Leading up to the National Moth Week on July 22, we interview some contributors of moth observations.Listen to the first podcast episode with Nagesh O. S. on the IBP blog.

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1 document found tagged critically endangered species [X]
  • Title
    Monoecy, anemophily, anemochory and regeneration ecology of Hildegardia populifolia (Roxb.) Schott. and Endl. (Malvaceae), an economically important endemic and endangered dry deciduous tree species of southern Eastern Ghats, India
    Journal Article
    Hildegardia populifolia is a critically endangered tree species. All phenological events—leaf flushing, shedding, flowering, fruit dispersal occur one after the other during the dry season. It is morphologically andromonoecious but functionally monoecious. It produces a strikingly male-biased male and bisexual flower ratio; it is self-incompatible and obligately outcrossing. The flowers are nectariferous and the nectar has hexose-rich sugars, some essential and non-essential amino acids. Trigona bee and Rhynchium wasp were the exclusive foragers, though their foraging activity does not promote cross-pollination. The male flower number, the pollen output, the pollen characteristics and the placement of anthers on the top of androphore conform to anemophily. The natural fruit set does not exceed 5%. The fruit is 5-follicled with one or two seeds. The low fruit set is compensated by the production of more 2-seeded follicles. Fruit characteristics such as wing-like follicles, membranous follicle sheath and being very light weight characterize anemochory. Seeds with a hard coat do not germinate readily during the rainy season and their germination depends on the soil chemicals and nutrient environment. The soil is deficient in nitrogen, potassium and phosphorous. Partly burned seeds due to natural or human-caused fires germinate quickly in water saturated soil. The study suggests that seed germination and seedling growth rates are regulated by intrinsic and extrinsic factors along with natural and anthropogenic fires. We recommend that seedlings should be raised in nurseries and then transferred to natural habitats to build up the population.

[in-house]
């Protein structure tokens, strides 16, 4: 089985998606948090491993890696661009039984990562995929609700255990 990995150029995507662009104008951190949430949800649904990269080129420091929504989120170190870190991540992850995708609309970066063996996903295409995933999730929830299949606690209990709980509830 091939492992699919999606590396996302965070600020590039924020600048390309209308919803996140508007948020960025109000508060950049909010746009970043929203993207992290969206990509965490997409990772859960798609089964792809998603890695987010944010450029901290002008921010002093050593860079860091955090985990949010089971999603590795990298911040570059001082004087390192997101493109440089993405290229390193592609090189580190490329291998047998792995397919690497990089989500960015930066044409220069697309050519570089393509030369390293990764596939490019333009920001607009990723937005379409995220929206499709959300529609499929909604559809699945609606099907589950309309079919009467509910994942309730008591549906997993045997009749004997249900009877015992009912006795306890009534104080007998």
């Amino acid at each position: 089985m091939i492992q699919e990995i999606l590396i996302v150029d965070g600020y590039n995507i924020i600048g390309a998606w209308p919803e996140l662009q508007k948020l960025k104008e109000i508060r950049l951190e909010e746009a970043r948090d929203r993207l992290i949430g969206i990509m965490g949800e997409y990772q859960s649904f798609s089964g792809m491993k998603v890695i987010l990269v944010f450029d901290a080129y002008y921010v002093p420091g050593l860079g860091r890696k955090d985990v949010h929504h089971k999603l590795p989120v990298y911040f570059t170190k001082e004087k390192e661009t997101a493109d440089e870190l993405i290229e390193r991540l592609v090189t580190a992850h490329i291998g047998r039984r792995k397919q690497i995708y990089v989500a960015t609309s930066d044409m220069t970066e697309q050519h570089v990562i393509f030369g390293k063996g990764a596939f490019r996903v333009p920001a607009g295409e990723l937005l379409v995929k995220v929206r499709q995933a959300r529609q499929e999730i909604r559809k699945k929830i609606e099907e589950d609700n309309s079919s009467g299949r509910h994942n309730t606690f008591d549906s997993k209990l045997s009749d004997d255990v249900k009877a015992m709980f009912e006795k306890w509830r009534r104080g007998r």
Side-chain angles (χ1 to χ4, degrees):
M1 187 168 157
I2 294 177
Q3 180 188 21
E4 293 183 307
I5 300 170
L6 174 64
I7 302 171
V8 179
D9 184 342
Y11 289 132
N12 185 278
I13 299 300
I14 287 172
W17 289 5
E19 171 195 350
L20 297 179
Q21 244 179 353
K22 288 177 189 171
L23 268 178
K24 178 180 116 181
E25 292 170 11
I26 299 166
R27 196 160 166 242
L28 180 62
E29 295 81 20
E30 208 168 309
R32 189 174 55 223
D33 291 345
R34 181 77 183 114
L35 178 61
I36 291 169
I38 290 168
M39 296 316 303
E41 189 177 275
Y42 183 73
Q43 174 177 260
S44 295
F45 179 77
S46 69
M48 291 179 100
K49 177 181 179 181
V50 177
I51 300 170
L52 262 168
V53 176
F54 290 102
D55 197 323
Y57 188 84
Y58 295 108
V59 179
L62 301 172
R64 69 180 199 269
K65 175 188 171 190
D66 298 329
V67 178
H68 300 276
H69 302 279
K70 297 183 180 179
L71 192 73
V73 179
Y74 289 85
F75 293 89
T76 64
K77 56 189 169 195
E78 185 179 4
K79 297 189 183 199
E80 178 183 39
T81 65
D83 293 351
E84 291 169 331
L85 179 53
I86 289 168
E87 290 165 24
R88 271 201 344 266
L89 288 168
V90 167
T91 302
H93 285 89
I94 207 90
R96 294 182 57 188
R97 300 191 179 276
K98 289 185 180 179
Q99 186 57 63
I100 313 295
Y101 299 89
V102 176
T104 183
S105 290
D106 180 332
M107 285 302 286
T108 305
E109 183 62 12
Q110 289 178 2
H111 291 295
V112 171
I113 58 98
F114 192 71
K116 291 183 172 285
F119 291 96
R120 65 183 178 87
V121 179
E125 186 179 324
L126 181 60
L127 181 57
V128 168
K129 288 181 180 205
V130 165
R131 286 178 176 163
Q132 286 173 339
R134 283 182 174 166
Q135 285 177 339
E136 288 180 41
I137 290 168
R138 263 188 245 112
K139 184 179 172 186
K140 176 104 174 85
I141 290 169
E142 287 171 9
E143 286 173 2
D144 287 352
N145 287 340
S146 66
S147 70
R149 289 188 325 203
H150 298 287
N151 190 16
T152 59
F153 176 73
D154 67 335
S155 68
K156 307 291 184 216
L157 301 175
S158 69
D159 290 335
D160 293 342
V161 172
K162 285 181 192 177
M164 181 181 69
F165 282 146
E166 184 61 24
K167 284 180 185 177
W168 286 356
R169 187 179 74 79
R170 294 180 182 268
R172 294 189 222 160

Raju A.J.S., Chandra P.H., Krishna J.R. (2014). Journal of Threatened Taxa 2(6) pp. 5434-5446; doi:10.11609/JoTT.o3665.5434-46